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Species Specific Situations


How to Rid your Attic of Raccoons and Squirrels

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What Do I Do Now? I Found a an Injured/Orphaned Mammal


Injured - These animals have sharp claws. Cautiously place in a carrier or box and transport to a rehabilitator.

Orphaned - These animals are almost never orphaned. If you have to chase it, it does not need to be rescued. Replace the animal where it was found. If the baby is small and the parent is known dead, rescue the baby. Follow the basic rescue rules.


Never touch a bat. If you find a bat on the ground outdoors, cover with a bucket and call a rehabilitator.

If you have a bat in the house, wearing thick gloves, place a plastic cup or butter tub over the bat and gently slip a piece of cardboard between the cup and the wall/floor. Release the bat outdoors.


Injured adult - Leave the animal alone and call a rehabilitator or the Game Warden immediately. These animals can be very dangerous.

Adult deer in a residential or business district - If the deer is not injured, leave it alone and keep people and other animals away from the area. It will find its own way back. If necessary, contact the local Game Warden.

Fawn - Most fawns are unnecessarily rescued. The mother leaves her baby unattended for many hours while she grazes. The baby will not move from the spot that the mother has left it, and will often times even allow themselves to be picked up. Fawns should be returned to the exact place they were found. The mother will come back around late afternoon or dusk. Even if a dog has chased the mother away, the doe will return for her fawn. Put pets away and leave the area.

If the fawn approaches people, is crying or appears sick, dehydrated or injured, or has ants on it, call a rehabilitator immediately.


Injured adult - These animals can bite. Wear thick gloves when handling. Scoop into a carrier or cardboard box. Often a female opossum that is hit by car will have babies in her pouch or around her body that are still living, even if she did not survive. Place the babies with the living mother in the box.

Orphaned babies - Follow basic rescue rules, keep warm. Mother opossums will occasionally drop their young if being chased by a dog, etc. She will not return for them. If the baby is approx. 10" long, not including the tail, it can survive on its own. If you have to chase the baby, it does not need to be rescued.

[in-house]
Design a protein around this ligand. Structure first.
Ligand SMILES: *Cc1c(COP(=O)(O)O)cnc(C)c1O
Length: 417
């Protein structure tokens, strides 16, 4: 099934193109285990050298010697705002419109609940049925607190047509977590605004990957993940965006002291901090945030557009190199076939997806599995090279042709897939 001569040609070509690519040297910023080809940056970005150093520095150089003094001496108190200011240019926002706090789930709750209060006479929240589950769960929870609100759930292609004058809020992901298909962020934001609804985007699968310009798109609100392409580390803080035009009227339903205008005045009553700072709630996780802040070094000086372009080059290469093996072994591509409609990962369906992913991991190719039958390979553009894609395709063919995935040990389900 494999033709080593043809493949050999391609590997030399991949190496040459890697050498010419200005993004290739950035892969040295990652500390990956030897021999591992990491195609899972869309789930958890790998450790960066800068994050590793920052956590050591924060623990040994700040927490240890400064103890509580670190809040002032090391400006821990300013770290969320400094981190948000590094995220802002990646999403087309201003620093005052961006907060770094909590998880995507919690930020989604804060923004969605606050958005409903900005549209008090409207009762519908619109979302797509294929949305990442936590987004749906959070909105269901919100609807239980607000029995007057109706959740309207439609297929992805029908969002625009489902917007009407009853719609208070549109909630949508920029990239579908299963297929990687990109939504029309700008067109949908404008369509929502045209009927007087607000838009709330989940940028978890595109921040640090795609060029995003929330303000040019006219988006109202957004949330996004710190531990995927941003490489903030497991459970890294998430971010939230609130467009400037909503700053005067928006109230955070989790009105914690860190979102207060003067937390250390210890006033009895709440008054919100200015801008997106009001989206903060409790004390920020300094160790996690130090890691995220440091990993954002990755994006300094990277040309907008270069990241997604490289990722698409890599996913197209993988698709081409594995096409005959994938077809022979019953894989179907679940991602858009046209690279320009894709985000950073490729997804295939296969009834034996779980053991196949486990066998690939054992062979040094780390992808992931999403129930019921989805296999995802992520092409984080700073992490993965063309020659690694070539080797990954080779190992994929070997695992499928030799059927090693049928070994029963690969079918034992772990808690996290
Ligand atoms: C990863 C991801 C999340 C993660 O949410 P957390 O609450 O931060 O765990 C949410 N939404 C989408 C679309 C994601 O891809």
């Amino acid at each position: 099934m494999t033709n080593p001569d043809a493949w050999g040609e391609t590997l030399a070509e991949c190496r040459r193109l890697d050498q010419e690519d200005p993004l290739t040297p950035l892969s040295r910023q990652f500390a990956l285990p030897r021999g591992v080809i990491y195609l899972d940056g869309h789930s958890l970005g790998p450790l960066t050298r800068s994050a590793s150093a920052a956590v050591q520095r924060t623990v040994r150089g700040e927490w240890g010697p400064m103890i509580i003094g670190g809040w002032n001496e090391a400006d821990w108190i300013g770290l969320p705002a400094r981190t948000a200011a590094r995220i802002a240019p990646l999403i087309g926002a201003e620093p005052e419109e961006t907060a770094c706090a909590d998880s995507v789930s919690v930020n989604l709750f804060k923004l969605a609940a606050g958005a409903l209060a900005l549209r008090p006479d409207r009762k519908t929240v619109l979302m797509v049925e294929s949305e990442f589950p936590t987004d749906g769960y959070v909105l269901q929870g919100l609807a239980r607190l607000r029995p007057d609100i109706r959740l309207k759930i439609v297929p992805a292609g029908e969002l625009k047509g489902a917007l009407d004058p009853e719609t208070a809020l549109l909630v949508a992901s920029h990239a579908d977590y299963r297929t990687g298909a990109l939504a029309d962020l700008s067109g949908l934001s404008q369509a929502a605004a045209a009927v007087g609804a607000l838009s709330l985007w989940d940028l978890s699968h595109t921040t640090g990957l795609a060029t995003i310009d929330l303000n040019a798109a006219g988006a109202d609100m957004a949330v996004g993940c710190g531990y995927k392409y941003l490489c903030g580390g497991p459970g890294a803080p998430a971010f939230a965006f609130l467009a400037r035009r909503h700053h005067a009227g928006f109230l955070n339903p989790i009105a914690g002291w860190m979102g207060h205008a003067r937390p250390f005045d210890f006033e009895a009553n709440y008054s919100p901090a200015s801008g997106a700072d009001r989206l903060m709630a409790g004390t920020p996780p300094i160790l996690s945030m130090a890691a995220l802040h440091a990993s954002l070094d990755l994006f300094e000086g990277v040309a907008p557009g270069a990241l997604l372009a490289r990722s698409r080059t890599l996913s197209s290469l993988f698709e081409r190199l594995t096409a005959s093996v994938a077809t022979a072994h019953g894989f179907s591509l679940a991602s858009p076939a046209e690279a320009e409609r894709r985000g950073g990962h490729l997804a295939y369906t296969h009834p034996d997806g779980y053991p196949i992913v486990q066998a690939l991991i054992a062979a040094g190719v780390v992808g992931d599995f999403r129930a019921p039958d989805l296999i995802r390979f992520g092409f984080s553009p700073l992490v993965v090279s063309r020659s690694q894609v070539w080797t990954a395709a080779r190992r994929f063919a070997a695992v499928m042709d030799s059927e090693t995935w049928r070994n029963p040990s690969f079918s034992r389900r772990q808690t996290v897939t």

Injured adult - These animals are stressed very easily and will bite and kick/scratch. Handle as little as possible. Wear gloves and use a towel to capture the animal. Follow basic rescue rules.

Orphaned babies - The most common scenarios involving the discovery of a rabbit's nest are by mowing over the nest or discovery by a dog. If the nest has been run over and it is determined that the bunnies are not injured, it is best to leave the nest and the bunnies alone. Handling the bunnies for inspection will not deter the mother from caring for them, but keep the handling to a minimum.

Cover the nest back over with the mother's fur and surrounding leaf litter lightly. To determine if the mother is returning, create a tic-tac-toe pattern over the nest with twigs, or place two lengths of string in an X pattern over the nest. Wait until morning to see if the nest has been disturbed by the return of the mother. 

If there is no evidence that the mother has returned, the babies should be rescued. Follow the basic rescue rules. In the case of a nest found by a dog, the bunnies will usually have to be rescued, unless the dog's owner can commit to keeping the dog indoors or restrained for 3 weeks. The dog will absolutely keep returning to the nest once found.

If the bunnies are exposed to fire ants, they need to be rescued.

If the bunnies have their eyes open, are hopping around, and are about the size of a baseball or larger, they do not need to be rescued. If you have to chase the bunny, it does not need to be rescued.


Injured adult or juvenile - These animals are very dangerous and can carry rabies. Do not approach or attempt to capture the animal. Keep pets and children away and call a rehabilitator.

Orphaned baby - Wear thick gloves to capture the baby and follow the basic rescue rules. In the case of baby raccoons in the attic, see How to Rid Your Attic of Raccoons and Squirrels.


Injured adult or juvenile - Do not approach or attempt to capture. These animals can carry rabies. Call a rehabilitator.

Orphaned baby - Call a rehabilitator.


Injured adult or juvenile - Handle these animals with caution. They can bite through leather gloves. Throw a blanket or towel over the animal and use a broom to scoop the injured squirrel into a secure carrier or box. Follow basic rescue rules. Transport to a rehabilitator.

Orphaned young squirrel - If you see one orphaned baby squirrel, look around because there may be others.  Often these animals will bite. Wear thick gloves and handle as little as possible. Follow basic rescue rules. In the case of baby squirrels in the attic, see How to Rid Your Attic of Raccoons and Squirrels.

Cat or dog caught - Always rescue.

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